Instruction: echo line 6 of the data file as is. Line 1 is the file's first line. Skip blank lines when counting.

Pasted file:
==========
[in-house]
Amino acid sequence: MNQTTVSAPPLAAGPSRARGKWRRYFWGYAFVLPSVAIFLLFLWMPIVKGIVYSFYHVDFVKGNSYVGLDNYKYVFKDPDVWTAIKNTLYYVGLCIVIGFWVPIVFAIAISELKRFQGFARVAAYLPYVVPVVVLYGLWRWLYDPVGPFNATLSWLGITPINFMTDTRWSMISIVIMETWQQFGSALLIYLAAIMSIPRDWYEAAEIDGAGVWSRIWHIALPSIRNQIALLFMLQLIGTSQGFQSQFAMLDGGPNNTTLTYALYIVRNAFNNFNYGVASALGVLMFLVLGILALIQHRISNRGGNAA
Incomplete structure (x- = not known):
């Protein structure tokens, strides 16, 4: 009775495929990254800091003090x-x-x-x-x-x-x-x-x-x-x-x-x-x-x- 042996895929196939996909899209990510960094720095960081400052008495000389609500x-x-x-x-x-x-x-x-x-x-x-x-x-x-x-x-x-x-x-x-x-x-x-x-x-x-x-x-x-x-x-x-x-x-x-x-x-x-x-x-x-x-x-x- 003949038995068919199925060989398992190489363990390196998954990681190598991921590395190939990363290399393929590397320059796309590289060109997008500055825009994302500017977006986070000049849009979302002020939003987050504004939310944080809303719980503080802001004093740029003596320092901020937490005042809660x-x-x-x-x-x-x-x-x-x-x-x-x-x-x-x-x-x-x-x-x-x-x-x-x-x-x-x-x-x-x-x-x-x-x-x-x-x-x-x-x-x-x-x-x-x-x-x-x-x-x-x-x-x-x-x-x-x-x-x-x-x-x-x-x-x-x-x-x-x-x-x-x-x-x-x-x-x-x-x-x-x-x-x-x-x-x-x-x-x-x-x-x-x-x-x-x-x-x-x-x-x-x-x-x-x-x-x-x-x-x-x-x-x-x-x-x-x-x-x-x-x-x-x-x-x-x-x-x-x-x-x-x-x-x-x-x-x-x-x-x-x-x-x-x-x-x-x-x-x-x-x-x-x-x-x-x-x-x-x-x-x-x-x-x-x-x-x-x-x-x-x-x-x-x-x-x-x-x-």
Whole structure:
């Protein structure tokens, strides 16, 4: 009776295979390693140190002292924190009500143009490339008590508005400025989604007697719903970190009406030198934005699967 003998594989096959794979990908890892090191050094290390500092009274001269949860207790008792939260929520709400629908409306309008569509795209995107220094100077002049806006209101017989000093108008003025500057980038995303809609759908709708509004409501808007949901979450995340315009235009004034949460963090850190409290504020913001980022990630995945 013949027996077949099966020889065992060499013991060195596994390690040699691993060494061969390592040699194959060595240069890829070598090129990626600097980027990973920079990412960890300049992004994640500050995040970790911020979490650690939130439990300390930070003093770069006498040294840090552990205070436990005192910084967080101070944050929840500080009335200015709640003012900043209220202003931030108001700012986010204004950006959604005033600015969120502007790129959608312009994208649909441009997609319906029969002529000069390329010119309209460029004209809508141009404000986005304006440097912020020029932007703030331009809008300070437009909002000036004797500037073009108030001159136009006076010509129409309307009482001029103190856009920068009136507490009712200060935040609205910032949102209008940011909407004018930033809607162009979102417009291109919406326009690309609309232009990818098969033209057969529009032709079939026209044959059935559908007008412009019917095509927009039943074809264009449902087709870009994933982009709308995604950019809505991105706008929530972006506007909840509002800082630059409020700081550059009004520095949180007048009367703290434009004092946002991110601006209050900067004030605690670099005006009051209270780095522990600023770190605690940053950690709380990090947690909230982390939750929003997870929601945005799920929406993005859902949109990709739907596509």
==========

């Protein structure tokens, strides 16, 4: 009776295979390693140190002292924190009500143009490339008590508005400025989604007697719903970190009406030198934005699967 003998594989096959794979990908890892090191050094290390500092009274001269949860207790008792939260929520709400629908409306309008569509795209995107220094100077002049806006209101017989000093108008003025500057980038995303809609759908709708509004409501808007949901979450995340315009235009004034949460963090850190409290504020913001980022990630995945 013949027996077949099966020889065992060499013991060195596994390690040699691993060494061969390592040699194959060595240069890829070598090129990626600097980027990973920079990412960890300049992004994640500050995040970790911020979490650690939130439990300390930070003093770069006498040294840090552990205070436990005192910084967080101070944050929840500080009335200015709640003012900043209220202003931030108001700012986010204004950006959604005033600015969120502007790129959608312009994208649909441009997609319906029969002529000069390329010119309209460029004209809508141009404000986005304006440097912020020029932007703030331009809008300070437009909002000036004797500037073009108030001159136009006076010509129409309307009482001029103190856009920068009136507490009712200060935040609205910032949102209008940011909407004018930033809607162009979102417009291109919406326009690309609309232009990818098969033209057969529009032709079939026209044959059935559908007008412009019917095509927009039943074809264009449902087709870009994933982009709308995604950019809505991105706008929530972006506007909840509002800082630059409020700081550059009004520095949180007048009367703290434009004092946002991110601006209050900067004030605690670099005006009051209270780095522990600023770190605690940053950690709380990090947690909230982390939750929003997870929601945005799920929406993005859902949109990709739907596509």